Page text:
Pope Francis has a knack for setting traditionalist teeth on edge with unscripted musings on sacred topics. He recently did it again when he seemed to suggest that a Lutheran could receive Communion in the Catholic Church after consulting her conscience.
The exchange came up during a prayer service last Sunday evening, Nov. 15, at a Lutheran church in Rome that had invited the pontiff. And he used the occasion to engage in a question-and-answer session with some of the congregants.
One woman, Anke de Bernardinis, told Francis that she was married to a Catholic and that she and her husband share many “joys and sorrows” in life, but not Communion at church. “What can we do on this point to finally attain Communion?” she asked.
The question is fraught because the Eucharist is so central to sacramental Christianity and because of the Catholic belief that Jesus’ body and blood are truly present in a special way in the bread and wine consecrated by a priest—an understanding that was rejected by most Protestants after the Reformation, and which has been a source of division ever since.
Francis recognized the weight of the moment and joked that he was “afraid” to respond in detail on such a topic in front of his friend Cardinal Walter Kasper, a renowned German theologian who was also present.
The pope went on at some length to wonder whether the Eucharist should be thought of as an end point of ecumenism or as an aid on the journey together toward full denominational communion. Francis stressed that it was not his place to give permission for Protestants to receive Catholic Communion and that differences on doctrine remain.
But he noted that “life is greater than explanations and interpretations,” and he cited his own experiences in which Protestant friends said they also believe in the “real presence” of Jesus in the Eucharist.
The common baptism of believers was the key starting point, Francis said. “One Baptism, one Lord, one faith,” he repeated, concluding with this counsel to de Bernardinis: “Speak with the Lord and go ahead,” indicating that it was as much a personal as an institutional question. “I don’t dare say more.”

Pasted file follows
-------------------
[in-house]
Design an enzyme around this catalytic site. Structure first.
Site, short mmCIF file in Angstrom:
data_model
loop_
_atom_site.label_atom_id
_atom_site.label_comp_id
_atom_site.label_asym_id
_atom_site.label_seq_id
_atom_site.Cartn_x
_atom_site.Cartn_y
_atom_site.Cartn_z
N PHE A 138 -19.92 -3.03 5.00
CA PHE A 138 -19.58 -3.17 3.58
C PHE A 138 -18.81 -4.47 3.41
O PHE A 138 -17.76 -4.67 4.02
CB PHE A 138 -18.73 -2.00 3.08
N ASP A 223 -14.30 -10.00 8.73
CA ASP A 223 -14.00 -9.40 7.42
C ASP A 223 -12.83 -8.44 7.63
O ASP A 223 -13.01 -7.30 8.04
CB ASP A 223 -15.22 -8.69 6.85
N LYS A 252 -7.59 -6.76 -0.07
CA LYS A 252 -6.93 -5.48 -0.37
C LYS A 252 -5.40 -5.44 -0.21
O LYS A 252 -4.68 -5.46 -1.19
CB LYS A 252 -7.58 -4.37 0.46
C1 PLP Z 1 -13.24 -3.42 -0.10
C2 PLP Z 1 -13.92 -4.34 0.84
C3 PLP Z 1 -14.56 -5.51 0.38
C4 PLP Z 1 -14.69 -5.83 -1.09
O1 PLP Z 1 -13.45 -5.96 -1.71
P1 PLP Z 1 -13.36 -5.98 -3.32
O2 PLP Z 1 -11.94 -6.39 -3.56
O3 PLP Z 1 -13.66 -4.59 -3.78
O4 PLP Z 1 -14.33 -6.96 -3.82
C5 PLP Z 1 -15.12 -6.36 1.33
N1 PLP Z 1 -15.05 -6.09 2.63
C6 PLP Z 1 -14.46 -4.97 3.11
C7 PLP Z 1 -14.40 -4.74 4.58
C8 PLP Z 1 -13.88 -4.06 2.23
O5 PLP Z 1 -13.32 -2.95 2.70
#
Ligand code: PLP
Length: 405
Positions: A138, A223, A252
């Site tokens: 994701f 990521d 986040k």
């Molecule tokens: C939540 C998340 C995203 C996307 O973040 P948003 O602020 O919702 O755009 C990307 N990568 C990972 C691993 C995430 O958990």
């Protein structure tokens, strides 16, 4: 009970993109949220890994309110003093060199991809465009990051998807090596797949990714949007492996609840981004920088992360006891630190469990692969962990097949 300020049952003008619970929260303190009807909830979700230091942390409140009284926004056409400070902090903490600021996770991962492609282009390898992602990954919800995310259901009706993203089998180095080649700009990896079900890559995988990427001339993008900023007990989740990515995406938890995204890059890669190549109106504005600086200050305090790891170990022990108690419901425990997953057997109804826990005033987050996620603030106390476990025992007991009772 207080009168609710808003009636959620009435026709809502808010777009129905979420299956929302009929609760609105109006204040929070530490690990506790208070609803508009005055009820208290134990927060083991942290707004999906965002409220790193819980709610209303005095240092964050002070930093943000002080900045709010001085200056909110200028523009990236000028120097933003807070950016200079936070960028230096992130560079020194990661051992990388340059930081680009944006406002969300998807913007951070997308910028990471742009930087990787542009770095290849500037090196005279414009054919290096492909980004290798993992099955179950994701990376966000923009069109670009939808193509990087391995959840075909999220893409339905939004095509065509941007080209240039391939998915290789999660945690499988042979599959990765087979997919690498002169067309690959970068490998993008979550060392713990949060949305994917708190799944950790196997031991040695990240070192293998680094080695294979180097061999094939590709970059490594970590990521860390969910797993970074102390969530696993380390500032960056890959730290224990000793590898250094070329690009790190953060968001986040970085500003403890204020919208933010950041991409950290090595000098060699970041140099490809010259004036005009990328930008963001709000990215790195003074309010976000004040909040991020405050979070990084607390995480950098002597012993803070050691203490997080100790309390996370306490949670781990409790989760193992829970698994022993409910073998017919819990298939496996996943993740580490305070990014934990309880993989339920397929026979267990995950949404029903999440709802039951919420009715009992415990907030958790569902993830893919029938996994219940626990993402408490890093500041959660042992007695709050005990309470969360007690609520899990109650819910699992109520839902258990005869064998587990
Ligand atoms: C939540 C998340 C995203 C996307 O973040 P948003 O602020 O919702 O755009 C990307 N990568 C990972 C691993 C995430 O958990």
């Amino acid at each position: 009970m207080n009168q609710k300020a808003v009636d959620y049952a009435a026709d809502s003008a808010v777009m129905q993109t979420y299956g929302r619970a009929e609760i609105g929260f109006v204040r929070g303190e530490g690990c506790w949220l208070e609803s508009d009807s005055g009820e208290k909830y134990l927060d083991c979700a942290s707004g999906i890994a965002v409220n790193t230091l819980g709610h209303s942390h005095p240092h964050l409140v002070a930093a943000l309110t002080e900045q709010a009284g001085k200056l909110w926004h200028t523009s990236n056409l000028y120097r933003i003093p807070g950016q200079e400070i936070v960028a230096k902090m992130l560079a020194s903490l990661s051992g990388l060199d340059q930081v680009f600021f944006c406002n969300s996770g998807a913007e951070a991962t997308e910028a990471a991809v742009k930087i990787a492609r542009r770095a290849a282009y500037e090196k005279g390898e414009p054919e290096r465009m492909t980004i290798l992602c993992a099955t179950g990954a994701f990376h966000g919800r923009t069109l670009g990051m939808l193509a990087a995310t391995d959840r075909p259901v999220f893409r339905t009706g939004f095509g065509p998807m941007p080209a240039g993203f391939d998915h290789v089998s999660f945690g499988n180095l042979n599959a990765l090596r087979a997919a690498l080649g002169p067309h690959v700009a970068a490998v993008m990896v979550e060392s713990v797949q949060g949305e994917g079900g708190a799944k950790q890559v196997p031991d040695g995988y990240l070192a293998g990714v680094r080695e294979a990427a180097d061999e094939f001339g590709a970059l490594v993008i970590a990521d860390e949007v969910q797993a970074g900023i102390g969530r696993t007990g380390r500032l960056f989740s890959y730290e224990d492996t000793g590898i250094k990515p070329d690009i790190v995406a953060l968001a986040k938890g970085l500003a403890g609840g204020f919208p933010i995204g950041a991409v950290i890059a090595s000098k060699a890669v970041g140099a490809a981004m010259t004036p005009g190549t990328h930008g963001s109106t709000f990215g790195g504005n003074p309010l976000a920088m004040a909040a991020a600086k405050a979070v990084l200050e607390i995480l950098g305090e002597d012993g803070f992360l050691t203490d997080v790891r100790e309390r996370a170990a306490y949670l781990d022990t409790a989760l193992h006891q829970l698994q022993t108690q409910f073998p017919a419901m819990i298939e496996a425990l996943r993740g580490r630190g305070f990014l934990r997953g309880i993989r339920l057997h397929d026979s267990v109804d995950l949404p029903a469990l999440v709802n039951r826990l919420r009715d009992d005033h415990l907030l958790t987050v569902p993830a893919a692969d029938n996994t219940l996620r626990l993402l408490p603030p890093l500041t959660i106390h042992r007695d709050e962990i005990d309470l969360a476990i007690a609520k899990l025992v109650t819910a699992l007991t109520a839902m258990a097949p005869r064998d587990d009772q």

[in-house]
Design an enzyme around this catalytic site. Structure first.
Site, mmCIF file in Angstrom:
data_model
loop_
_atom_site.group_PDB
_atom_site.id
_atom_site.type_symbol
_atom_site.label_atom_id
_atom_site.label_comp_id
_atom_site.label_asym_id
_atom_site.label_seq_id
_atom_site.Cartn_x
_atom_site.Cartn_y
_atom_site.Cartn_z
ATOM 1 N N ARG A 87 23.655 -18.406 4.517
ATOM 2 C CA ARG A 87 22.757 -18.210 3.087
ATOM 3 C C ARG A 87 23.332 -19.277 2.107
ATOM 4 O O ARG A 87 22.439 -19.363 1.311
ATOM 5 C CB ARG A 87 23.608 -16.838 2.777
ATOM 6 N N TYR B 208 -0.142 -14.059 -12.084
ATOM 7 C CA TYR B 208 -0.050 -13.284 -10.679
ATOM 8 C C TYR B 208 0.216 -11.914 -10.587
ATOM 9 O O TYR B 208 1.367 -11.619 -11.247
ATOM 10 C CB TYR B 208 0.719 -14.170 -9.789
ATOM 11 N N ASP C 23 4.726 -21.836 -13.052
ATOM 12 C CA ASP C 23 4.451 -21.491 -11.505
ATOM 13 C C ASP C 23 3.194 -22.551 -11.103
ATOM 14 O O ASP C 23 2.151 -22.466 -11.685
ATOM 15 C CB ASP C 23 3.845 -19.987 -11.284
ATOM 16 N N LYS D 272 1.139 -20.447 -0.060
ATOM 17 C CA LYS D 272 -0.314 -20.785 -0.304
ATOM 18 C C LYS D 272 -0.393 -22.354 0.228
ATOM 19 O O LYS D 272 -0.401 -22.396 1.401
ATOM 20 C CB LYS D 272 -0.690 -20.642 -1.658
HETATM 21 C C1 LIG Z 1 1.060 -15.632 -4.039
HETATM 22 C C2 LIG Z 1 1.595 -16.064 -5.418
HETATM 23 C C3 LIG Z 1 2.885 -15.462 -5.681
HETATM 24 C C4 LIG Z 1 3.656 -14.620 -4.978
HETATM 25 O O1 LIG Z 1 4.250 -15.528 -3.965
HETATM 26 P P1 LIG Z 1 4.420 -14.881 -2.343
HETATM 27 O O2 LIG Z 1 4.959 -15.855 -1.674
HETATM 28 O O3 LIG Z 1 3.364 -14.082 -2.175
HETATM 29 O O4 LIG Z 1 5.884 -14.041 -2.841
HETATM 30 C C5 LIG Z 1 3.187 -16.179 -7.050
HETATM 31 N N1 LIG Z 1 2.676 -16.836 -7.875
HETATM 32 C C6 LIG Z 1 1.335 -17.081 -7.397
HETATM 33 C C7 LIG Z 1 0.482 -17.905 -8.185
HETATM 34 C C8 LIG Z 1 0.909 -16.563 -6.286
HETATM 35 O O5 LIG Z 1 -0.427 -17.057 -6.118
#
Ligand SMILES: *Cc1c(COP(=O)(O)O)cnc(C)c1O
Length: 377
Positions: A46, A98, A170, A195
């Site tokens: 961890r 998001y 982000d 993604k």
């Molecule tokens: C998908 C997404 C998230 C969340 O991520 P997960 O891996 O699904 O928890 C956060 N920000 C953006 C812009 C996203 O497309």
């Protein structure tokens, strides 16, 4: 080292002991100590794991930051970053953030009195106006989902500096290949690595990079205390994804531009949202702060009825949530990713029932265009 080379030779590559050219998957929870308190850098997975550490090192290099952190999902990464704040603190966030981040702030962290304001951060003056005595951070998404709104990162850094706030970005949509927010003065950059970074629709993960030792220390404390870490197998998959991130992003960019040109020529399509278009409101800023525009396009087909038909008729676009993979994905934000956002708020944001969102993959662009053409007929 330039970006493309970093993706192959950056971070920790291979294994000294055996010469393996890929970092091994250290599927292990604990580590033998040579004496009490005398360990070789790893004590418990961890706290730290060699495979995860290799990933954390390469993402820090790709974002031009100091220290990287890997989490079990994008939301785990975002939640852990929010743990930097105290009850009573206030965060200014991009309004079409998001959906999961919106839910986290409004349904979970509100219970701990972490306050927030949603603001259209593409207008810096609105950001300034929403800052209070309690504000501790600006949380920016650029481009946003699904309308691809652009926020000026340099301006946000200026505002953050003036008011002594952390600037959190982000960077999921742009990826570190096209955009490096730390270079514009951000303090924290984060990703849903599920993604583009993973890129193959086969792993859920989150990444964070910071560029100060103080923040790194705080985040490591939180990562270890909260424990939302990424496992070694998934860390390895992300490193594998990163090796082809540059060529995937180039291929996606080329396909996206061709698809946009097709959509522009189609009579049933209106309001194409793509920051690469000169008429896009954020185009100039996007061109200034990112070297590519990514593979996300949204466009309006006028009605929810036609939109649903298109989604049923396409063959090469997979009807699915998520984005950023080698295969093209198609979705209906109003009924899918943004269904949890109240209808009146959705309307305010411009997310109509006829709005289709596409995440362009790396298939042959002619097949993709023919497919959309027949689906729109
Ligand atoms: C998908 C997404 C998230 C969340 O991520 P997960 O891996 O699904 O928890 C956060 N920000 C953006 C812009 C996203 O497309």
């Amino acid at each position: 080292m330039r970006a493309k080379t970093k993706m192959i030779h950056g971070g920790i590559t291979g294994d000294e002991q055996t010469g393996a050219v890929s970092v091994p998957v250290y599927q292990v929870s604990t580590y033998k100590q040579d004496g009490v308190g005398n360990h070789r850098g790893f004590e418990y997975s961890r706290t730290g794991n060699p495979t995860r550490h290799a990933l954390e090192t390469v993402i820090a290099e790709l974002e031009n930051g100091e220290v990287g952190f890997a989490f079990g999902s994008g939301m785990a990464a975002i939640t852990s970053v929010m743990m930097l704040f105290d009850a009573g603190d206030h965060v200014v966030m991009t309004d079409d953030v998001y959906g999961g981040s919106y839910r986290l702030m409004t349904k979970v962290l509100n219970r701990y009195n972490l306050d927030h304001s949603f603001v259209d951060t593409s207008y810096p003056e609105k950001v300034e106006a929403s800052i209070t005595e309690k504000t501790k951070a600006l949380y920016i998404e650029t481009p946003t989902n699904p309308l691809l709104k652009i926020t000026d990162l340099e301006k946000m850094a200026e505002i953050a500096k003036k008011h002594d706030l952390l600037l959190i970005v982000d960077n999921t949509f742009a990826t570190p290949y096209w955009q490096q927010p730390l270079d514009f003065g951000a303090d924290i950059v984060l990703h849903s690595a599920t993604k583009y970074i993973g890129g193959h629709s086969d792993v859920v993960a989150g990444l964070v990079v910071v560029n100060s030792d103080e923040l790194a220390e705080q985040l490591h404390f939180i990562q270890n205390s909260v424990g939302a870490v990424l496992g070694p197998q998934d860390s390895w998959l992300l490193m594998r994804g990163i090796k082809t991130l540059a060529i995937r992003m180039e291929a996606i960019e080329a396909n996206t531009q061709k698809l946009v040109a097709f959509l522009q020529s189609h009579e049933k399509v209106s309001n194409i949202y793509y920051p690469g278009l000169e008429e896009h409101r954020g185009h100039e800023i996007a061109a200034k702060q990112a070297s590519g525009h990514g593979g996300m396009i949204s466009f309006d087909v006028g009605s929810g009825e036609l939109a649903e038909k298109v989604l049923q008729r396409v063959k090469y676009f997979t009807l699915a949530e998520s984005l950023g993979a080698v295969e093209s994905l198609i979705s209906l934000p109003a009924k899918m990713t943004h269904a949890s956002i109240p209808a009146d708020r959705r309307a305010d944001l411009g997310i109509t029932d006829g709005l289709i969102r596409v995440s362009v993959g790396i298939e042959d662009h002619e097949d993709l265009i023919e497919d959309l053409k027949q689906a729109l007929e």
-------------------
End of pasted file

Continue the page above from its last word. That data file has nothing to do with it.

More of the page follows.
Of course others were quick to fill in that silence, mainly with criticisms.
“Once again Pope Francis, in being pastoral and kind, has muddled things up and confused the faithful,” wrote the Rev. Dwight Longenecker, a blogging priest who was raised Protestant and converted to Catholicism. It was an “unsatisfactory waffle from a successor of Peter,” Longenecker said, adding that Francis should have told the woman to become Catholic.
“Hard to avoid the conclusion that Pope Francis just effectively rewrote the Catechism, and destroyed a Eucharistic discipline that has existed since the Reformation,” wrote the American Conservative’s Rod Dreher, another convert to Catholicism who later left for the Orthodox Church. “The Pope is refuting the magisterial teaching of his own Church, and not on a small matter either.”
Yet the assumption about the sharp dividing line on Communion isn’t quite right.
Bishop Denis J. Madden, an auxiliary bishop of the Baltimore archdiocese, noted in an interview that both Catholic canon law and the 1993 Ecumenical Directory provide for certain cases in which “intercommunion” is possible. Those circumstances are usually in cases of emergency or “grave necessity,” or with the permission of the local bishop or national hierarchy.
One crucial condition for a Protestant to receive Communion is that they genuinely believe in the “real presence” of Christ in the Eucharist.
That, in fact, is something that Lutheran and Catholic leaders agree on, said Madden, who last month issued, with his counterpart from the Evangelical Lutheran Church in America, a major document summarizing 32 points of agreement between the two churches as they head toward the symbolic 500th anniversary of the Reformation, on Oct. 31, 2017.
“I don’t think we should jump to the point and say, ‘Oh come on, we’ll all just put our hands on each other’s shoulders and go to Communion together.’ No, there are still things we differ on,” said Madden, who noted there are other disagreements about ordination and the like.
“But what we try to say in this document is that while there are a number of things we differ on, they are not enough to keep us separated.”
As far as Francis’ implication that a Protestant believer could consult his or her conscience and decide to approach for Communion, Madden said that’s not completely out of bounds.
He recalled the episode at the 2005 funeral of Saint John Paul II, when Cardinal Joseph Ratzinger — a theological straight shooter who would be elected Pope Benedict XVI a short time later — gave Communion to Brother Roger, a Swiss Protestant and founder of the Taize ecumenical monastic community in southeast France.
“Ratzinger was criticized for that, but he felt that Brother Roger believed in the real presence, that he was prayerful, that it was an appropriate setting for that particular time,” Madden said. “And he did not feel it was inappropriate.”
(It later came out that John Paul himself had repeatedly given Brother Roger Communion at Mass, though the monastic never converted.)
“If you have those times when there is shared communion that does not mean that everything is agreed upon,” Madden said. “There will always be time for debate and for parsing and so on. But then there comes a time when you have to look at what is the greater good.”
Edward Condon, a canon lawyer who writes for the Catholic Herald of Britain, made a similar point.
“While some have gone bonkers at the suggestion that the pope wants to give Communion to Protestants, the church already holds that this is not a simple question of can they or can’t they, but one of time, place, disposition, and belief,” Condon wrote in a column.
“These are not procedural hoops to jump through but necessary expressions of the seriousness of the Eucharist.”